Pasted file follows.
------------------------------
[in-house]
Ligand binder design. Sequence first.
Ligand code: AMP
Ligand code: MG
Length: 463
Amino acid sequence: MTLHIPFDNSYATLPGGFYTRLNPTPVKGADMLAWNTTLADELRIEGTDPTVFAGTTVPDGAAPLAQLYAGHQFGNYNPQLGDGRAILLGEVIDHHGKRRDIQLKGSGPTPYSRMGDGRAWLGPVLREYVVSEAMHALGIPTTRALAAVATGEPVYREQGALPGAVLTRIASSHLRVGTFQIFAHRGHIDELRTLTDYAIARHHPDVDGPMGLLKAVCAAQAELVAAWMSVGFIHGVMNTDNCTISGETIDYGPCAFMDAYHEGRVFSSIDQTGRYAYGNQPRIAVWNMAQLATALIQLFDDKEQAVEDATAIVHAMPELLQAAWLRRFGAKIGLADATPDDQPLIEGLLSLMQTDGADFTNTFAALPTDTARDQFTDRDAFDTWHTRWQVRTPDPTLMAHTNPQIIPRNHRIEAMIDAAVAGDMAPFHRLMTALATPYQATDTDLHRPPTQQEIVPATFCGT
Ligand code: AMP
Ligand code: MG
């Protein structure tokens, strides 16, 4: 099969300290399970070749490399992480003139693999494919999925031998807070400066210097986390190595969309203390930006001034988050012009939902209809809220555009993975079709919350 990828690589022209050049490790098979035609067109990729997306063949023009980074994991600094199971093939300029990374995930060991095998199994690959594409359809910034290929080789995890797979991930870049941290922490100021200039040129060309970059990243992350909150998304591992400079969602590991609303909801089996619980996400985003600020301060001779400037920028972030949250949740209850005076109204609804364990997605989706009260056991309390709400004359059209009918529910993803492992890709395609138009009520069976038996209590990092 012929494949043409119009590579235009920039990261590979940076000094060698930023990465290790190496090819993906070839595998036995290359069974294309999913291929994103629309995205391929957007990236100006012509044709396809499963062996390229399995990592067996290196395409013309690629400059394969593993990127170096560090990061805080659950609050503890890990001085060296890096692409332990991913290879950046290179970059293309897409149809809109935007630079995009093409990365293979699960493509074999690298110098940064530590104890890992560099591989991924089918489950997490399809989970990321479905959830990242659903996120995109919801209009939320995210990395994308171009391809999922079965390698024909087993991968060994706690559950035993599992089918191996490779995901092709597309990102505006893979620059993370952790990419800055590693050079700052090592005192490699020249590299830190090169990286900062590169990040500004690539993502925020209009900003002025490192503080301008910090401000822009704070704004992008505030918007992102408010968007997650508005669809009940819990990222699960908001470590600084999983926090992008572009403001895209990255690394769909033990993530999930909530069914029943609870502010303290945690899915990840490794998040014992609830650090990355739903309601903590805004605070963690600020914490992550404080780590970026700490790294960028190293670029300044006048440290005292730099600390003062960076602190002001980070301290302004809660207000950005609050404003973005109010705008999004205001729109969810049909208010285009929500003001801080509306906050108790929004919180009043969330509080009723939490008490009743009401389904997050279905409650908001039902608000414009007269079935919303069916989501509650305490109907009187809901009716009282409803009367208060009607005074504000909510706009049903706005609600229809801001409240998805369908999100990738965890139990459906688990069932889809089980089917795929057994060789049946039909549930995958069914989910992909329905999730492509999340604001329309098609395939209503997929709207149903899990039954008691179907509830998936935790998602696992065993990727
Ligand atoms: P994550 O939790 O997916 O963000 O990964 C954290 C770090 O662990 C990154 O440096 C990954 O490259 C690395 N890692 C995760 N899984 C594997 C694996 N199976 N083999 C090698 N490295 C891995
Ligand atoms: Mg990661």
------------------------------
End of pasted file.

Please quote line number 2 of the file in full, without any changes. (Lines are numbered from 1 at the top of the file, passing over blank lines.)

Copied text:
Ligand binder design. Sequence first.